Wheelchair users face barriers to access, damaged equipment when traveling
Apprehension is expected before a traveler boards a flight, whether it’s anxiety about airline safety or worrying about a delayed flight.
Yet for people who depend on wheelchairs to move through the world, the possibility of damage to their chairs poses the biggest stressor of them all. Wheelchairs aren’t just an object or item to be checked like a suitcase for a flight; they are an extension of the user and a vital part of their daily lives.
Once a user has boarded a plane, their wheelchair usually is loaded into the baggage area of the plane. The chairs may be disassembled or damaged in the process. Power chairs can be expensive; custom machines can cost upwards of $20,000.
Dot Nary, assistant research professor at the Life Span Institute’s Research and Training Center on Independent Living (RTC), is among many people who have experienced the challenges of mishandled wheelchairs.
“Once we went to Washington D.C., and the joystick on a person’s power chair was just totally bent over,” Nary said. “The more severely disabled you are, the more you need a custom chair, so this person’s replacement chair didn’t fit her and she was basically confined to her hotel room the whole time.”
Nary has seen her own chair and those belonging to colleagues dismantled and loaded onto the plane piece by piece with no labels on the parts. Upon arrival at one destination, Nary carefully checked her chair and realized her colleague’s chair had been put together with Nary’s wheels.
“Wheelchair users will never have equal opportunity to participate in travel for work, recreation and other purposes if they have to risk their mobility due to airline negligence,” Nary said.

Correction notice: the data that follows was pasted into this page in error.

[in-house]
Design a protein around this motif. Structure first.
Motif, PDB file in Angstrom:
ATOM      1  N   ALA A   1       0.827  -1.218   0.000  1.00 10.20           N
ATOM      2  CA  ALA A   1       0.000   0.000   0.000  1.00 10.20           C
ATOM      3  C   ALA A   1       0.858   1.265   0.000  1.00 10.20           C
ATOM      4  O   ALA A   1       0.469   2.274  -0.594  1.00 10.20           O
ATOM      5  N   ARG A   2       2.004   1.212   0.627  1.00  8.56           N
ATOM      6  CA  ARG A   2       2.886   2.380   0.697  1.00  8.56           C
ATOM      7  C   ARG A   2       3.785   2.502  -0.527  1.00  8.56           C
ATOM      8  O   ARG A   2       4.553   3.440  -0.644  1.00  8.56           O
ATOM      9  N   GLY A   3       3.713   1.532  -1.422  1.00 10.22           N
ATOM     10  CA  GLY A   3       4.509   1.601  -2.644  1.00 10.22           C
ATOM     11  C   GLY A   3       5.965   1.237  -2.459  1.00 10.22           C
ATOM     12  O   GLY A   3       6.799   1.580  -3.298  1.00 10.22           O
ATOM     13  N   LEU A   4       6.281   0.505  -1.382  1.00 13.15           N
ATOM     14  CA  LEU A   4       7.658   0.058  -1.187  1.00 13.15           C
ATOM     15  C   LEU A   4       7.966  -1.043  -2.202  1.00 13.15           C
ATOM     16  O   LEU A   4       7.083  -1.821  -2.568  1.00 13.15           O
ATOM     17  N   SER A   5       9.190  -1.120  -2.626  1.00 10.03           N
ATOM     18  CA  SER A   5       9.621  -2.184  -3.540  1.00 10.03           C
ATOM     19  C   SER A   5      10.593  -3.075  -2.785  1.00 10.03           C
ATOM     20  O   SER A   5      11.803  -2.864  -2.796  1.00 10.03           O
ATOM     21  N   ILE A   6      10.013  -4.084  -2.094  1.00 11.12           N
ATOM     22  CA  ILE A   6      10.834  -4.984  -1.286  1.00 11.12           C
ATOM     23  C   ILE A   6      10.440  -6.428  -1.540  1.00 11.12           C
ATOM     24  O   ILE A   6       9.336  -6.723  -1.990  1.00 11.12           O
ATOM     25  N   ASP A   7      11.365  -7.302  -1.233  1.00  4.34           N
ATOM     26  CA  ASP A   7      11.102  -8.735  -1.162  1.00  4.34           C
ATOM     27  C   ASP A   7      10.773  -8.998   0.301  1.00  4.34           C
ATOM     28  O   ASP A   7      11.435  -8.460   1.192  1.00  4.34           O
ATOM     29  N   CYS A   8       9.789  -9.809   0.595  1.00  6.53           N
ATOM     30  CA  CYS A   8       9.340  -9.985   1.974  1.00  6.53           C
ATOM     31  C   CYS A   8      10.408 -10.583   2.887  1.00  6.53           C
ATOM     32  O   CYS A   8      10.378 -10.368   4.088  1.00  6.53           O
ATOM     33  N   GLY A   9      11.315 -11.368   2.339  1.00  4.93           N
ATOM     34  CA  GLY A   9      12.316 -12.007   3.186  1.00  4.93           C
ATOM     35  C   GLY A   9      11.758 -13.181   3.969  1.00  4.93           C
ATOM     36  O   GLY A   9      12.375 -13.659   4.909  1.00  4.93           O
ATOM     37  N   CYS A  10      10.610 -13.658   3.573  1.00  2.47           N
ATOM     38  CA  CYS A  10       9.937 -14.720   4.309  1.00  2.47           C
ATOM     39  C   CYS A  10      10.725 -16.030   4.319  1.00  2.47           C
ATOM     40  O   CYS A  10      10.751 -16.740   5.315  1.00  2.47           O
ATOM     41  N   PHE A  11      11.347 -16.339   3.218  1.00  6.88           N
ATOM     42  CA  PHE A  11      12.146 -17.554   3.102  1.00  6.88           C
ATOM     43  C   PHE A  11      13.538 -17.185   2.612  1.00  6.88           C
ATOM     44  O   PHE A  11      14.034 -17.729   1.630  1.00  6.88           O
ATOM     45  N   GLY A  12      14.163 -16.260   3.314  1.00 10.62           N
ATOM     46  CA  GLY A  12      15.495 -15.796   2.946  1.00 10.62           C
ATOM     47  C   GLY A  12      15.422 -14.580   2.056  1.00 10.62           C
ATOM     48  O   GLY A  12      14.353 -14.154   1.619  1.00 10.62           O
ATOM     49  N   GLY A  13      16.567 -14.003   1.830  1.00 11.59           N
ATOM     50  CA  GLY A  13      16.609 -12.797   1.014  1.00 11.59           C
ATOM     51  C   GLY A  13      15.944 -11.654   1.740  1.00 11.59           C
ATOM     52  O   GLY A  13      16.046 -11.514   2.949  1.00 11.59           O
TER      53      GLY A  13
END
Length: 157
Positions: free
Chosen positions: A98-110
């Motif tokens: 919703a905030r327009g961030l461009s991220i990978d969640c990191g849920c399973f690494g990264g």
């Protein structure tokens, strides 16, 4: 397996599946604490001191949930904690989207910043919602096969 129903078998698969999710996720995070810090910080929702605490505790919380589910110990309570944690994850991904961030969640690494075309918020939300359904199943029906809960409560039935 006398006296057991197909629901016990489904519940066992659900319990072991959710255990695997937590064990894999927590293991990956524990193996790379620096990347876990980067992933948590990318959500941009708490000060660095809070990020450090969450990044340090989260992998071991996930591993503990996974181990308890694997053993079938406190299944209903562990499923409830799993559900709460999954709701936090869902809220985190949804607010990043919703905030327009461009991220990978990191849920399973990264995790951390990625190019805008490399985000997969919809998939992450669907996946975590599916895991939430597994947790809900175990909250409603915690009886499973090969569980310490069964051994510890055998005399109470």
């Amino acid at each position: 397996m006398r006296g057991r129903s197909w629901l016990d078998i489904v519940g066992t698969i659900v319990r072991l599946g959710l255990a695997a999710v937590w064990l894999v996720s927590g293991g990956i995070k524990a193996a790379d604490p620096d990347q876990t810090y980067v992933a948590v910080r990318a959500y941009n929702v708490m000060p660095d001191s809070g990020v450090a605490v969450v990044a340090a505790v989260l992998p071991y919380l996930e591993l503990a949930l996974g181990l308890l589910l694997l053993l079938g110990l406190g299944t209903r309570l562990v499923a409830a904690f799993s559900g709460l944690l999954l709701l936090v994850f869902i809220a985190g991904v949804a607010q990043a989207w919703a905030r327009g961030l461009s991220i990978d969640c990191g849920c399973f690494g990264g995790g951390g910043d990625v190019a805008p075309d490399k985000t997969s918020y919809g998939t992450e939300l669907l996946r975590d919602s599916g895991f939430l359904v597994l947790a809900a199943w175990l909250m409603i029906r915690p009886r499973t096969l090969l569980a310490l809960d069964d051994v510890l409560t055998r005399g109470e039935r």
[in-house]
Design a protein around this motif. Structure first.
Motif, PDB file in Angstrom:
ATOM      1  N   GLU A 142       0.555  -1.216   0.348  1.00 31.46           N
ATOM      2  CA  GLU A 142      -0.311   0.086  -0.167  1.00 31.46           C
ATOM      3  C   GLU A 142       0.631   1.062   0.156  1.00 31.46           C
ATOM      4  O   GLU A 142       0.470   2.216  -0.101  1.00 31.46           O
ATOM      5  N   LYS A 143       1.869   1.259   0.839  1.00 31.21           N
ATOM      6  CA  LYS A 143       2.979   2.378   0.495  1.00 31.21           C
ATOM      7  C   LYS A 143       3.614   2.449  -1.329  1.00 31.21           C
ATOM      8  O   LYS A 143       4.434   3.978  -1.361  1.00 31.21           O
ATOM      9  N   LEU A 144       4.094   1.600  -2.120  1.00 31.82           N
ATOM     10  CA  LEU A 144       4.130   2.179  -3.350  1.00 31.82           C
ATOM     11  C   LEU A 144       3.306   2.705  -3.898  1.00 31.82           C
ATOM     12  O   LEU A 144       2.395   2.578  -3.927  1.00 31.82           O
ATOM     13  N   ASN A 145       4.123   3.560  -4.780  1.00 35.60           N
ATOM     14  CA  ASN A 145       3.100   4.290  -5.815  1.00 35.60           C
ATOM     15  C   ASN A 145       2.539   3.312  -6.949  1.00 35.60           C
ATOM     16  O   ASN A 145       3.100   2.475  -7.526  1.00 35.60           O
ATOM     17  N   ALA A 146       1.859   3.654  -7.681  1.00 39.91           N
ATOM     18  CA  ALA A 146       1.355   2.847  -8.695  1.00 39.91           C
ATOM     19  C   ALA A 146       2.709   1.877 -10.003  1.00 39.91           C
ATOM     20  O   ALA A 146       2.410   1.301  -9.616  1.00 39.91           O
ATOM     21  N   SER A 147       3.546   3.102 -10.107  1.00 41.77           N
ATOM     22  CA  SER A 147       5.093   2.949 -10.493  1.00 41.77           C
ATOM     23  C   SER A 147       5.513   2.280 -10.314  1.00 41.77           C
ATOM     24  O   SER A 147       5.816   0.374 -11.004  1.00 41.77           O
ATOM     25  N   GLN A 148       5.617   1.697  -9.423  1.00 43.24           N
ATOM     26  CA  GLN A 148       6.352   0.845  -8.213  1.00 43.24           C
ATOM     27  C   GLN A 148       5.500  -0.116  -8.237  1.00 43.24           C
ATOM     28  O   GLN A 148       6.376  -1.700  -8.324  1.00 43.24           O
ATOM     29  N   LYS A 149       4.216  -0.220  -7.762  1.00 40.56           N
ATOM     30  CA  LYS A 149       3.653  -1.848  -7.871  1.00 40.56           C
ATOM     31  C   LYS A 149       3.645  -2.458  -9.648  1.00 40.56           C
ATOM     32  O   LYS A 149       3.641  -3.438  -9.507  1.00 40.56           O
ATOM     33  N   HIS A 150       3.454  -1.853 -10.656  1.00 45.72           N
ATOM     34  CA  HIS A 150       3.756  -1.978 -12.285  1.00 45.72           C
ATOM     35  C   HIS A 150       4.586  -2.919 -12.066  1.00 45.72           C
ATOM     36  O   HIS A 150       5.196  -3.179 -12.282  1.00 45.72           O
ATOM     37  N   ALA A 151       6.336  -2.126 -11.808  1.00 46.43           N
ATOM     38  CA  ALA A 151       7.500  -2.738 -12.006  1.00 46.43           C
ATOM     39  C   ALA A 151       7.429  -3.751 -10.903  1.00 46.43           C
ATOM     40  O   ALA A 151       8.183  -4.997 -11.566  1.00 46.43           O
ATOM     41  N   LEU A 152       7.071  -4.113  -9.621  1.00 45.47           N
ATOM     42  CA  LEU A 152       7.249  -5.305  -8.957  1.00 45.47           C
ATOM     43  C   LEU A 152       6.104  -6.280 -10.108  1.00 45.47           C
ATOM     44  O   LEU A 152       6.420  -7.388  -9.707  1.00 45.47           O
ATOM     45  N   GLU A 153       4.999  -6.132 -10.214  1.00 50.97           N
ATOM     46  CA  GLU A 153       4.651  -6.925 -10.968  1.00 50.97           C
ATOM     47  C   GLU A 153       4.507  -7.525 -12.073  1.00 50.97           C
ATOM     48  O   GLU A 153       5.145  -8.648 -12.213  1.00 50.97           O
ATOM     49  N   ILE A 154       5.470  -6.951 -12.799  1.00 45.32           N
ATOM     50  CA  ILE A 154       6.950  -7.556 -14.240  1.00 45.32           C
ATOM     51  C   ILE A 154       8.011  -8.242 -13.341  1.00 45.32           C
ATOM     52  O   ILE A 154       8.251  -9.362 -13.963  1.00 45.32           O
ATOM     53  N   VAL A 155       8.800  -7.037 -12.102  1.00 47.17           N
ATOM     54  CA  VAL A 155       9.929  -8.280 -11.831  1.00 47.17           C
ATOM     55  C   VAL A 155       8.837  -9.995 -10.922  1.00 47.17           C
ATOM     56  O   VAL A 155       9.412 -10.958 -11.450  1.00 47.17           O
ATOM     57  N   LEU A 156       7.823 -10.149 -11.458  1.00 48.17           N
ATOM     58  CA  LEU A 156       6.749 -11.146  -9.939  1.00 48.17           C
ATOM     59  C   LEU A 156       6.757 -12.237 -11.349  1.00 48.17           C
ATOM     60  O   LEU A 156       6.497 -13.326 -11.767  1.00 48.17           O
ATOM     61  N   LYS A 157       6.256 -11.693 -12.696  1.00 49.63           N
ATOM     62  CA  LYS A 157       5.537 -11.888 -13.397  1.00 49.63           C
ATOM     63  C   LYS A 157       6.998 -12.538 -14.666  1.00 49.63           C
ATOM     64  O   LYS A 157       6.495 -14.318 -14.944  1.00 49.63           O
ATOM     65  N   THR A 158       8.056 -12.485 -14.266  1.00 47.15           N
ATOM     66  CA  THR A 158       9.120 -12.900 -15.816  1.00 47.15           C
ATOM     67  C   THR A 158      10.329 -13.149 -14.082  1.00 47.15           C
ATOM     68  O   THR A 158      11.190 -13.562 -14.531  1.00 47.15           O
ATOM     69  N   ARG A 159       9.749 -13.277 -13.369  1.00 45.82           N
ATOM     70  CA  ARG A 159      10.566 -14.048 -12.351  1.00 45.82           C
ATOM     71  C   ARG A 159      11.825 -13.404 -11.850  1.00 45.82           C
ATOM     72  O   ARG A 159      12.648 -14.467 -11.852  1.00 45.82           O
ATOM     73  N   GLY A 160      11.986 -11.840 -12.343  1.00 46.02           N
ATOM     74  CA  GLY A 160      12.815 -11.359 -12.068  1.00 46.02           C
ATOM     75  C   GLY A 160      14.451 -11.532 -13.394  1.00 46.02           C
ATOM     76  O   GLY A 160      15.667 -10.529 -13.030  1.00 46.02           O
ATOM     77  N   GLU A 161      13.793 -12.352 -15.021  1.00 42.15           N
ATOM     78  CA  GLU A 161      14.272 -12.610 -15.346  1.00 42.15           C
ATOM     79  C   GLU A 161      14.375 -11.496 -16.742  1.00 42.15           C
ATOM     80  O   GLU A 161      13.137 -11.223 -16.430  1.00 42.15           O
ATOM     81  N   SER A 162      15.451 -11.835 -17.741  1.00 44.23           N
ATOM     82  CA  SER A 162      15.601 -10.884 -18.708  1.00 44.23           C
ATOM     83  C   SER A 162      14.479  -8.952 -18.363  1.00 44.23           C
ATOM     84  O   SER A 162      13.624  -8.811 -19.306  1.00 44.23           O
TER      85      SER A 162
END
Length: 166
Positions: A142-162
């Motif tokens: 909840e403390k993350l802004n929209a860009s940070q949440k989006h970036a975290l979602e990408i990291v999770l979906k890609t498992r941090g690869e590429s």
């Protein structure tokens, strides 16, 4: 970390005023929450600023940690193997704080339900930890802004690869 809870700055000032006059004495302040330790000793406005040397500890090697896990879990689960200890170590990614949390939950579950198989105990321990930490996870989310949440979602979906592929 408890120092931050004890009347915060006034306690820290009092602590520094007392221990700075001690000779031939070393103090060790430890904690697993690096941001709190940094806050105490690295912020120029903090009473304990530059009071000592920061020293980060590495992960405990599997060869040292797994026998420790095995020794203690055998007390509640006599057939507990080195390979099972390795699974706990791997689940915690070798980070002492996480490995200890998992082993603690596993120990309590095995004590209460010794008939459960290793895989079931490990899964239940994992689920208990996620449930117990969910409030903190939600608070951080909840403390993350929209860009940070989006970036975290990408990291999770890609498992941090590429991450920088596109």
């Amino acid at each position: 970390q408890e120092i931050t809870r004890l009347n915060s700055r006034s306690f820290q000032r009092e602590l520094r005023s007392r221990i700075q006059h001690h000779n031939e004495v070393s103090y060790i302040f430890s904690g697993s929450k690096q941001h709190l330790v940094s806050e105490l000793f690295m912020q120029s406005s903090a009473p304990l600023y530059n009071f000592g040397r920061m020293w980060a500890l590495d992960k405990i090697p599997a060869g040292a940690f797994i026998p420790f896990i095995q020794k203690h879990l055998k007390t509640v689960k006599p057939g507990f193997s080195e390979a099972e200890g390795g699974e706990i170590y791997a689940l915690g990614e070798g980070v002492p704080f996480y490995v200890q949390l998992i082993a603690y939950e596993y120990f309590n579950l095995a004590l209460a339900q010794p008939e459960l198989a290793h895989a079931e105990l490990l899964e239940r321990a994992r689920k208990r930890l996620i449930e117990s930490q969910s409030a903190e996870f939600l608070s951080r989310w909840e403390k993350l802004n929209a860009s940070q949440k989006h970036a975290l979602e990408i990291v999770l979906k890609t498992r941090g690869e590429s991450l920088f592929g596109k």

U.S. Senator Tammy Duckworth (D-IL), whose own chairs have been damaged by airlines, spearheaded legislation that took effect in December 2018 that required airlines to track how many wheelchairs were damaged, lost or delayed. A veteran and double amputee, Duckworth understands the problems that wheelchair users face, said Jean Hall, director of the Institute for Health and Disability Policy Studies at the Life Span Institute.
“She knows all too well the myriad problems with air travel,” Hall said. “If she hadn’t called attention to it, I doubt many people in power would really care.”
The legislation led to a recent report from the U.S. Department of Transportation that highlighted just how nerve-racking flying can be for wheelchair users. Roughly 7,700 wheelchairs were mishandled from January to September in 2019, averaging out to 29 wheelchairs per day.
Ranita Wilks, an advisory board member at the RTC, said her brand-new manual chair was damaged when the airline deconstructed the chair for transport. The footrest, left wheel and main frame were all damaged.
“My four-day trip to Washington, D.C., was spent on the phone with Global Repair Group trying to coordinate repairs to my chair,” she said. “While there, they sent a repair company to my hotel room which informed me they couldn’t repair the wheelchair.” The damage ultimately took three months to fix.
Nary said such experiences pose an issue to equality in terms of travel and employment. Some people may opt to avoid airline travel altogether because of their concerns for their mobility. But without travel, an individual may miss out on networking, research, education or other opportunities, Nary said. For a population that experiences high unemployment – 65% percent of individuals with disabilities are unemployed – that is a critical issue for a person’s career, and their lifestyle.
“Air travel is necessary for people with disabilities to be able to work and play in the same ways that people without disabilities do,” Hall said. “Yet, existing policies to assure equal access to air travel are, as shown, largely ineffective.”
At the Research & Training Center on Independent Living, researchers work to enhance independent living initiatives for individuals with disabilities. For airline travel, the center developed a fact sheet for individuals to know their rights under the Air Carrier Access Act in case an issue arises.
“One important step in making change is empowering people with disabilities to know their rights and speak up when airlines do not meet the spirit and intent of the law.” Hall said. “We are also committed to giving a voice to people with disabilities through our research so that barriers like this one continue to get the attention they deserve.”
Story by Grant Heiman
Illustration by Elizabeth Newell